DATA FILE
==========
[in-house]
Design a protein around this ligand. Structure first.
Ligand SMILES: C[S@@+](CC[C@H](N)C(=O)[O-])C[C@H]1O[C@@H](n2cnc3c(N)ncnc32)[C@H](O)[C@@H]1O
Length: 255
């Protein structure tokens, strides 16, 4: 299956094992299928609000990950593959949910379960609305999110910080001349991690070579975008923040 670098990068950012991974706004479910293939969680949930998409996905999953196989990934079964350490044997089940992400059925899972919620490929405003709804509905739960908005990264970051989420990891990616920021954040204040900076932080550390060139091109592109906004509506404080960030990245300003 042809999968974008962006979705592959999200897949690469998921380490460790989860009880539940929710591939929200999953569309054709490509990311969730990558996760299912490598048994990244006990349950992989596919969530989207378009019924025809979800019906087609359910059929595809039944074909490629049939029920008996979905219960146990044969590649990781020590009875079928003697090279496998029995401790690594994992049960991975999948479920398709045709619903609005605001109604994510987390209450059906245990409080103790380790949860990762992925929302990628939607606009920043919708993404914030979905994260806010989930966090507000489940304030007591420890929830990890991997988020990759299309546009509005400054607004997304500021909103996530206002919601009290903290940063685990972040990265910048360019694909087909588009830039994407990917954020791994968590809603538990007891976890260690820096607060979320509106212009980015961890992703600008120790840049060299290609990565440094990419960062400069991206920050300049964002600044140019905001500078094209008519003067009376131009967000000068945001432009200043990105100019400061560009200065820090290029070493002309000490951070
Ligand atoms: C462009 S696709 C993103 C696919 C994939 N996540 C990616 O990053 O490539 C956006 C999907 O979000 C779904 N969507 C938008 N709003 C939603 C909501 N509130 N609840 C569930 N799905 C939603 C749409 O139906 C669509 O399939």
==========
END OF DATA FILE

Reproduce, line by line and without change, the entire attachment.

[in-house]
Design a protein around this ligand. Structure first.
Ligand SMILES: C[S@@+](CC[C@H](N)C(=O)[O-])C[C@H]1O[C@@H](n2cnc3c(N)ncnc32)[C@H](O)[C@@H]1O
Length: 255
């Protein structure tokens, strides 16, 4: 299956094992299928609000990950593959949910379960609305999110910080001349991690070579975008923040 670098990068950012991974706004479910293939969680949930998409996905999953196989990934079964350490044997089940992400059925899972919620490929405003709804509905739960908005990264970051989420990891990616920021954040204040900076932080550390060139091109592109906004509506404080960030990245300003 042809999968974008962006979705592959999200897949690469998921380490460790989860009880539940929710591939929200999953569309054709490509990311969730990558996760299912490598048994990244006990349950992989596919969530989207378009019924025809979800019906087609359910059929595809039944074909490629049939029920008996979905219960146990044969590649990781020590009875079928003697090279496998029995401790690594994992049960991975999948479920398709045709619903609005605001109604994510987390209450059906245990409080103790380790949860990762992925929302990628939607606009920043919708993404914030979905994260806010989930966090507000489940304030007591420890929830990890991997988020990759299309546009509005400054607004997304500021909103996530206002919601009290903290940063685990972040990265910048360019694909087909588009830039994407990917954020791994968590809603538990007891976890260690820096607060979320509106212009980015961890992703600008120790840049060299290609990565440094990419960062400069991206920050300049964002600044140019905001500078094209008519003067009376131009967000000068945001432009200043990105100019400061560009200065820090290029070493002309000490951070
Ligand atoms: C462009 S696709 C993103 C696919 C994939 N996540 C990616 O990053 O490539 C956006 C999907 O979000 C779904 N969507 C938008 N709003 C939603 C909501 N509130 N609840 C569930 N799905 C939603 C749409 O139906 C669509 O399939």